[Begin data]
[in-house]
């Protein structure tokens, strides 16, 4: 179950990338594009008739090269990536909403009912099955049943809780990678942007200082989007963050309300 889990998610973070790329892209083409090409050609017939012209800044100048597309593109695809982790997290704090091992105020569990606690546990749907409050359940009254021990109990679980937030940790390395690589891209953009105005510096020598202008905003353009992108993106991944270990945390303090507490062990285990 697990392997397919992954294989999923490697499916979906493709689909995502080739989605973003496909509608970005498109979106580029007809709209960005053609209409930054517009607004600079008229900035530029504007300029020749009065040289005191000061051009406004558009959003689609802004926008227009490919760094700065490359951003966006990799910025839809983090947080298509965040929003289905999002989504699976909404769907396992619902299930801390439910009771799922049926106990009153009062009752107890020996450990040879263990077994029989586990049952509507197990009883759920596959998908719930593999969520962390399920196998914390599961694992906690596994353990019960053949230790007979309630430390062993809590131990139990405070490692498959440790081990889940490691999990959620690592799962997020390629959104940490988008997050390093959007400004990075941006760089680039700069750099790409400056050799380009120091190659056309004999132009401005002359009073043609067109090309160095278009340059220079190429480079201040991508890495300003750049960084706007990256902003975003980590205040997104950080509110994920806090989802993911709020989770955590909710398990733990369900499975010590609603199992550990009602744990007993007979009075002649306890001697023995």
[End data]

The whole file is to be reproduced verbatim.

[in-house]
């Protein structure tokens, strides 16, 4: 179950990338594009008739090269990536909403009912099955049943809780990678942007200082989007963050309300 889990998610973070790329892209083409090409050609017939012209800044100048597309593109695809982790997290704090091992105020569990606690546990749907409050359940009254021990109990679980937030940790390395690589891209953009105005510096020598202008905003353009992108993106991944270990945390303090507490062990285990 697990392997397919992954294989999923490697499916979906493709689909995502080739989605973003496909509608970005498109979106580029007809709209960005053609209409930054517009607004600079008229900035530029504007300029020749009065040289005191000061051009406004558009959003689609802004926008227009490919760094700065490359951003966006990799910025839809983090947080298509965040929003289905999002989504699976909404769907396992619902299930801390439910009771799922049926106990009153009062009752107890020996450990040879263990077994029989586990049952509507197990009883759920596959998908719930593999969520962390399920196998914390599961694992906690596994353990019960053949230790007979309630430390062993809590131990139990405070490692498959440790081990889940490691999990959620690592799962997020390629959104940490988008997050390093959007400004990075941006760089680039700069750099790409400056050799380009120091190659056309004999132009401005002359009073043609067109090309160095278009340059220079190429480079201040991508890495300003750049960084706007990256902003975003980590205040997104950080509110994920806090989802993911709020989770955590909710398990733990369900499975010590609603199992550990009602744990007993007979009075002649306890001697023995």